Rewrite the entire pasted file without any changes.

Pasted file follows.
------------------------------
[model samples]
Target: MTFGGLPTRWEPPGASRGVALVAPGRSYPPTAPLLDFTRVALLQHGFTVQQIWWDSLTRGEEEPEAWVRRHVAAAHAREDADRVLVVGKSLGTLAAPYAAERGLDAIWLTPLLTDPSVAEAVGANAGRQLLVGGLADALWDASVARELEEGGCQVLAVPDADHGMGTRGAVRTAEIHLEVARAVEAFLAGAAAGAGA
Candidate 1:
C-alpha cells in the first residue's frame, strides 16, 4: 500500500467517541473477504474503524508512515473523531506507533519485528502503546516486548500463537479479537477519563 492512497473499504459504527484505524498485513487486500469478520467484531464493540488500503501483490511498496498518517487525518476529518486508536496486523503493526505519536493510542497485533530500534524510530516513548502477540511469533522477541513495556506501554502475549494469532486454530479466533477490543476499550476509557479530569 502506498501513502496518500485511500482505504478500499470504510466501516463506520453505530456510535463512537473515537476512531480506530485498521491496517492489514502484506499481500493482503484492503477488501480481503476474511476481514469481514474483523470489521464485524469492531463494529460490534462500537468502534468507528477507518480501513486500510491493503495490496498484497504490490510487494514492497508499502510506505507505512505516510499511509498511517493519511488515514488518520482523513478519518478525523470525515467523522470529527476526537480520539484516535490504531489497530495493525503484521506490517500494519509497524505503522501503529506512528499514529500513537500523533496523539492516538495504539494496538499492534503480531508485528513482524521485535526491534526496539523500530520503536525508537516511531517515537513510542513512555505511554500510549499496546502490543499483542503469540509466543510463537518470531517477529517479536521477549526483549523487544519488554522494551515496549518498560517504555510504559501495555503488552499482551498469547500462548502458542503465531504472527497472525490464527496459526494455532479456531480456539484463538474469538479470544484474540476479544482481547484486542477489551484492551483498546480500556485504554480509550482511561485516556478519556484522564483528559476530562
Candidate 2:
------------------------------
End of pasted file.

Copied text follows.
[model samples]
Target: MTFGGLPTRWEPPGASRGVALVAPGRSYPPTAPLLDFTRVALLQHGFTVQQIWWDSLTRGEEEPEAWVRRHVAAAHAREDADRVLVVGKSLGTLAAPYAAERGLDAIWLTPLLTDPSVAEAVGANAGRQLLVGGLADALWDASVARELEEGGCQVLAVPDADHGMGTRGAVRTAEIHLEVARAVEAFLAGAAAGAGA
Candidate 1:
C-alpha cells in the first residue's frame, strides 16, 4: 500500500467517541473477504474503524508512515473523531506507533519485528502503546516486548500463537479479537477519563 492512497473499504459504527484505524498485513487486500469478520467484531464493540488500503501483490511498496498518517487525518476529518486508536496486523503493526505519536493510542497485533530500534524510530516513548502477540511469533522477541513495556506501554502475549494469532486454530479466533477490543476499550476509557479530569 502506498501513502496518500485511500482505504478500499470504510466501516463506520453505530456510535463512537473515537476512531480506530485498521491496517492489514502484506499481500493482503484492503477488501480481503476474511476481514469481514474483523470489521464485524469492531463494529460490534462500537468502534468507528477507518480501513486500510491493503495490496498484497504490490510487494514492497508499502510506505507505512505516510499511509498511517493519511488515514488518520482523513478519518478525523470525515467523522470529527476526537480520539484516535490504531489497530495493525503484521506490517500494519509497524505503522501503529506512528499514529500513537500523533496523539492516538495504539494496538499492534503480531508485528513482524521485535526491534526496539523500530520503536525508537516511531517515537513510542513512555505511554500510549499496546502490543499483542503469540509466543510463537518470531517477529517479536521477549526483549523487544519488554522494551515496549518498560517504555510504559501495555503488552499482551498469547500462548502458542503465531504472527497472525490464527496459526494455532479456531480456539484463538474469538479470544484474540476479544482481547484486542477489551484492551483498546480500556485504554480509550482511561485516556478519556484522564483528559476530562
Candidate 2: